Australia said Thursday it will force tobacco companies to strip all logos and color from their packaging, a move that will leave cigarette packs decorated with only a few words and graphic warning images of shriveled, diseased lungs or gangrenous toes.
The government said the move would make Australia the world's toughest country on tobacco advertising and is aimed unashamedly at driving more people away from the habit.
"The new branding for cigarettes will be the most hard-line regime in the world and cigarette companies will hate it," Prime Minister Kevin Rudd told a news conference at which he waved a mock-up packet bearing a large photo of a gangrenous foot.
Health groups and anti-smoking campaigners welcomed the plan. The tobacco industry condemned it, with one manufacturer threatening to sue on the ground that it infringed intellectual property rights.
Under the plan, tobacco companies would no longer be allowed to print their logos, promotional text or colorful images on cigarette packages, and their brand names would be relegated to tiny print at the bottom. Legislation would be introduced to Parliament that would bring the plan into effect on July 1, 2012, Rudd said.
He also announced an immediate 25 percent tax hike on tobacco products, driving up the price of a pack of 30 cigarettes by more than 2 Australian dollars ($1.85) to around AU$15.
Rudd said the government's tough anti-smoking stance was justified because of the high costs to the community of treating smoking-related illnesses in the health system.
Other countries, including Britain and Canada, have considered plain packaging restrictions, but none has passed the measures. And Australia's attempt isn't a sure bet because of the possibility of legal action, experts said.
Jonathan Liberman, a legal adviser to the International Union Against Cancer, said the Australian plan would be watched closely in other countries.
"I don't think there's any doubt at all that other countries will follow," he said. "It's an incredibly important global precedent."
Smoking rates have been declining in Australia for years, and restrictions on smoking in public places are commonplace, from offices to restaurants and bars.
Tobacco advertising on billboards and in magazines has been banned for years, and the country is a strong supporter of a 2003 World Health Organization treaty to slash tobacco use.
Dr. Susan Mercado, WHO's tobacco control adviser for the Western-Pacific region, said the Australian move was an unusually bold step.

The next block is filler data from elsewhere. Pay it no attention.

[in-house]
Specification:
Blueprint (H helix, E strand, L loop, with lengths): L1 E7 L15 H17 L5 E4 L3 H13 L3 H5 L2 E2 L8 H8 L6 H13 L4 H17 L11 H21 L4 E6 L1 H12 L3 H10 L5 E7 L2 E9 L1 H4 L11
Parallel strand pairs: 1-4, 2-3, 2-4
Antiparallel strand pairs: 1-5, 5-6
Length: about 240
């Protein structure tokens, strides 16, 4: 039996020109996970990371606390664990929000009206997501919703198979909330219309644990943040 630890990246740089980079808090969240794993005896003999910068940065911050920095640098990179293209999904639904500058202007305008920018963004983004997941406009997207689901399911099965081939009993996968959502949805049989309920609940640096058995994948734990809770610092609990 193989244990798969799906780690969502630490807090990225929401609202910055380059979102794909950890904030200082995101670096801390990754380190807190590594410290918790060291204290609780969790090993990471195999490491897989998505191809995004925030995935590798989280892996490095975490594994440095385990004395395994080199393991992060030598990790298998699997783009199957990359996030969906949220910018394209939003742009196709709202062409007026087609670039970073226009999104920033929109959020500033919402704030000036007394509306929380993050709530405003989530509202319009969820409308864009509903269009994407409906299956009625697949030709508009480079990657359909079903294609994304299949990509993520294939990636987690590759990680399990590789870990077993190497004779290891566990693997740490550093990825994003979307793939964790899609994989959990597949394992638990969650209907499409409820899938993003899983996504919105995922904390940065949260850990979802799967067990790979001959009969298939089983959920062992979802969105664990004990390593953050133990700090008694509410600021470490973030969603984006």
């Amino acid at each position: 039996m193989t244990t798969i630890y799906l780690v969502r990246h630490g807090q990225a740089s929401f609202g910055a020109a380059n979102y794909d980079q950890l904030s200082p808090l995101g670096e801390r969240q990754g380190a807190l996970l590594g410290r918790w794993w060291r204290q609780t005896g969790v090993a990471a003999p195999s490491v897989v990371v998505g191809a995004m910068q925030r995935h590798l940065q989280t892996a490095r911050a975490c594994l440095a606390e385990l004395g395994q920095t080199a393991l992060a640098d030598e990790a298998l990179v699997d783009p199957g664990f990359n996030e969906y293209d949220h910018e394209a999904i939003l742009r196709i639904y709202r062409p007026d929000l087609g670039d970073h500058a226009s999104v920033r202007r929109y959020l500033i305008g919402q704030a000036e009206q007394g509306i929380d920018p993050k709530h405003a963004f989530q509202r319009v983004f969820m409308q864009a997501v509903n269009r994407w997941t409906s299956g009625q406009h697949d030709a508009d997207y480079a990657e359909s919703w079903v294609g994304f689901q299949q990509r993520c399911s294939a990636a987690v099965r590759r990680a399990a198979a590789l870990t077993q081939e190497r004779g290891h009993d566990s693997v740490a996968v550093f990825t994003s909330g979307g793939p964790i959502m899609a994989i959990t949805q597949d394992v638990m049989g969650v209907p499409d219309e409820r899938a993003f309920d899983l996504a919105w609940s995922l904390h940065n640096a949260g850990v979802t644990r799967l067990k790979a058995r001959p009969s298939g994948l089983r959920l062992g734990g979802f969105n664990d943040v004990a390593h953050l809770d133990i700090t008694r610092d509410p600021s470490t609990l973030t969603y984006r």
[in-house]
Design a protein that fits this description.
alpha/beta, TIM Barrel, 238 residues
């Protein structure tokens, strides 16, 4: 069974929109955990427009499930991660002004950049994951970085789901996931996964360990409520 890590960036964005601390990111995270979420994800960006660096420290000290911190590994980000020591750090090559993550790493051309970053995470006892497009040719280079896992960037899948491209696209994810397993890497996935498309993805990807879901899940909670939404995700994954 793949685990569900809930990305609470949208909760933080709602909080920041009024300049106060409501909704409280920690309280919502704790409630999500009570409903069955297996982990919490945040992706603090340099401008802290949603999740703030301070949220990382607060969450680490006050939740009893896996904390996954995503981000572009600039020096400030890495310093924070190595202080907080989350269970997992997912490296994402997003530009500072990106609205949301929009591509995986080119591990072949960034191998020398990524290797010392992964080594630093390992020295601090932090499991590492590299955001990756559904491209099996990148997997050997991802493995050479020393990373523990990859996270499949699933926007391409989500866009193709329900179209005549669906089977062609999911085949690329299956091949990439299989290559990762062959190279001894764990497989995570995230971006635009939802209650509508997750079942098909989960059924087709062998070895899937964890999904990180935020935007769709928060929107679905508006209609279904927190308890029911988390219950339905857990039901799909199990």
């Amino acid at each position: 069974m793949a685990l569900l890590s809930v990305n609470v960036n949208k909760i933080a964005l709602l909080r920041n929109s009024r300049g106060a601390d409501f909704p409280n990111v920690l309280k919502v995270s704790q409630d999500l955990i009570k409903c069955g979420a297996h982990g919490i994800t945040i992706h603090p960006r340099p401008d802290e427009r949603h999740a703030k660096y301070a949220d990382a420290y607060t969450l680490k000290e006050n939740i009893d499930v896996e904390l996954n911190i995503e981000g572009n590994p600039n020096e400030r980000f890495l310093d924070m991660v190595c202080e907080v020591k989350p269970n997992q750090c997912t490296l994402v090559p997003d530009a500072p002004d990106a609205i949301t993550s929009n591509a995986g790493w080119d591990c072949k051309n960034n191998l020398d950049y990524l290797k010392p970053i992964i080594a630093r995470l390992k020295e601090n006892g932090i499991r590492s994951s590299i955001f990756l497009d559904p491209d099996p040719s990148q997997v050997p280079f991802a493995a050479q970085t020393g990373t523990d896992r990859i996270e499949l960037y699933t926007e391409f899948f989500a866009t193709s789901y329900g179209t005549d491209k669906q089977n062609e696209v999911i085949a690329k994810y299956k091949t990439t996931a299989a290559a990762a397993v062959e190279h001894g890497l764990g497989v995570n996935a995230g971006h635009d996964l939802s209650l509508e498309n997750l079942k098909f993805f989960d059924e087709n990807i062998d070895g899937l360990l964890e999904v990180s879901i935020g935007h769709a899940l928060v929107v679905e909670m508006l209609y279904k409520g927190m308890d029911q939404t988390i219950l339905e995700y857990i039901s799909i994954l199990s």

"The move toward a complete ban on brands is radical and trailblazing," she said in an e-mail to The Associated Press. "In this sense, Australia has a real breakthrough that will inspire other countries to take bolder measures to curb the tobacco epidemic, and sends a strong signal to policymakers and legislators that political resolve can be mustered to truly regulate the tobacco industry."
The tobacco industry's influence on policymakers in the Western Pacific region often creates resistance to strong measures to regulate the product, she said. For example, less than half of the countries in the region, including China, have pictorial warnings on cigarette packages, she said.
Imperial Tobacco Australia, which distributes several well-known cigarette brands in Australia, said the new rules would infringe on its intellectual property rights by devaluing its trademarks, and would hinder the right of consumers to choose among legally available products.
The company said it would take legal action if necessary.
"Plain packaging has not been introduced in any country in the world and there is no evidence to support the government's notion that this will reduce consumption," it said in a statement.
The Australian constitution requires that the government pay compensation to anyone from whom it takes or devalues property, including intellectual property such as trademarks.
Opinion was divided about whether the intellectual property argument would work.
Tim Wilson, an intellectual property and free trade expert at Australia's Institute of Public Affairs, said tobacco companies were almost certain to demand compensation.
"I'd be shocked if they didn't, because if it happens here, it'll happen all over the world," he said. He estimated that the compensation bill could end up being around AU$3 billion a year.
But The Australian National University legal expert Matthew Rimmer said the government has international law on its side.
The World Trade Organization's TRIPS agreement, which sets minimum standards for intellectual property regulation, allows member states to adopt measures that address concerns of public health and nutrition, said Rimmer, who wrote a paper urging plain packaging of cigarettes in 2008.
"Intellectual property rights do not provide absolute rights," Rimmer said. "For instance, you can't get a trademark in something that is contrary to law."
Rudd dismissed the tobacco industry's threats.
"The government will not be paying any compensation to any tobacco company anywhere," he said.